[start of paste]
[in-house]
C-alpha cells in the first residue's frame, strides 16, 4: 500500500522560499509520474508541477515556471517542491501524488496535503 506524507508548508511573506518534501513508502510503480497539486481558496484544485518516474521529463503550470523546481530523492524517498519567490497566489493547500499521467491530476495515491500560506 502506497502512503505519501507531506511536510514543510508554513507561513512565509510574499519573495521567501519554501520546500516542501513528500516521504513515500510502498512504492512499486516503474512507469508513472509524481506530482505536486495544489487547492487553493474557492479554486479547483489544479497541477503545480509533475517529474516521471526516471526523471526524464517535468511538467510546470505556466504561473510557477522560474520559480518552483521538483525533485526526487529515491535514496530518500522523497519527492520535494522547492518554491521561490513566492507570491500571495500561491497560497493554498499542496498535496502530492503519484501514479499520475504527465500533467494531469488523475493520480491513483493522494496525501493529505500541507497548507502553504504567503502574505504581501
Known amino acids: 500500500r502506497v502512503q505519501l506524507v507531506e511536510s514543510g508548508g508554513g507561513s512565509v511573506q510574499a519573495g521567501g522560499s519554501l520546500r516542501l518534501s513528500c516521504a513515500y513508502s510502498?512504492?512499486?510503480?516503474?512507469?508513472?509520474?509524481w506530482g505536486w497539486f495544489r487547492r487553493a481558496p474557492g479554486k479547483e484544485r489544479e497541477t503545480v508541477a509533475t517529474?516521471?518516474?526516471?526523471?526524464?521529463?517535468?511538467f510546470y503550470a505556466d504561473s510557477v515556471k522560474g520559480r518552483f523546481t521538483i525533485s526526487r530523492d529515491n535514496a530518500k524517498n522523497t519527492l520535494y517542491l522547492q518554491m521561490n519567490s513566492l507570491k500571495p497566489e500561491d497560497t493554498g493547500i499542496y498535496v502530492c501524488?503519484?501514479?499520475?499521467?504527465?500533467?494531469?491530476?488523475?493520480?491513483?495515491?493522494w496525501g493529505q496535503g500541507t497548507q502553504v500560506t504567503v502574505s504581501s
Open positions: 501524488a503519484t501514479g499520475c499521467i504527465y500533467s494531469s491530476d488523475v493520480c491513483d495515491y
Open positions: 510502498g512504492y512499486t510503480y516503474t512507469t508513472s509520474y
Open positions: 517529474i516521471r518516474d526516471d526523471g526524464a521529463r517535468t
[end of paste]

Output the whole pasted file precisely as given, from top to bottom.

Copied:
[in-house]
C-alpha cells in the first residue's frame, strides 16, 4: 500500500522560499509520474508541477515556471517542491501524488496535503 506524507508548508511573506518534501513508502510503480497539486481558496484544485518516474521529463503550470523546481530523492524517498519567490497566489493547500499521467491530476495515491500560506 502506497502512503505519501507531506511536510514543510508554513507561513512565509510574499519573495521567501519554501520546500516542501513528500516521504513515500510502498512504492512499486516503474512507469508513472509524481506530482505536486495544489487547492487553493474557492479554486479547483489544479497541477503545480509533475517529474516521471526516471526523471526524464517535468511538467510546470505556466504561473510557477522560474520559480518552483521538483525533485526526487529515491535514496530518500522523497519527492520535494522547492518554491521561490513566492507570491500571495500561491497560497493554498499542496498535496502530492503519484501514479499520475504527465500533467494531469488523475493520480491513483493522494496525501493529505500541507497548507502553504504567503502574505504581501
Known amino acids: 500500500r502506497v502512503q505519501l506524507v507531506e511536510s514543510g508548508g508554513g507561513s512565509v511573506q510574499a519573495g521567501g522560499s519554501l520546500r516542501l518534501s513528500c516521504a513515500y513508502s510502498?512504492?512499486?510503480?516503474?512507469?508513472?509520474?509524481w506530482g505536486w497539486f495544489r487547492r487553493a481558496p474557492g479554486k479547483e484544485r489544479e497541477t503545480v508541477a509533475t517529474?516521471?518516474?526516471?526523471?526524464?521529463?517535468?511538467f510546470y503550470a505556466d504561473s510557477v515556471k522560474g520559480r518552483f523546481t521538483i525533485s526526487r530523492d529515491n535514496a530518500k524517498n522523497t519527492l520535494y517542491l522547492q518554491m521561490n519567490s513566492l507570491k500571495p497566489e500561491d497560497t493554498g493547500i499542496y498535496v502530492c501524488?503519484?501514479?499520475?499521467?504527465?500533467?494531469?491530476?488523475?493520480?491513483?495515491?493522494w496525501g493529505q496535503g500541507t497548507q502553504v500560506t504567503v502574505s504581501s
Open positions: 501524488a503519484t501514479g499520475c499521467i504527465y500533467s494531469s491530476d488523475v493520480c491513483d495515491y
Open positions: 510502498g512504492y512499486t510503480y516503474t512507469t508513472s509520474y
Open positions: 517529474i516521471r518516474d526516471d526523471g526524464a521529463r517535468t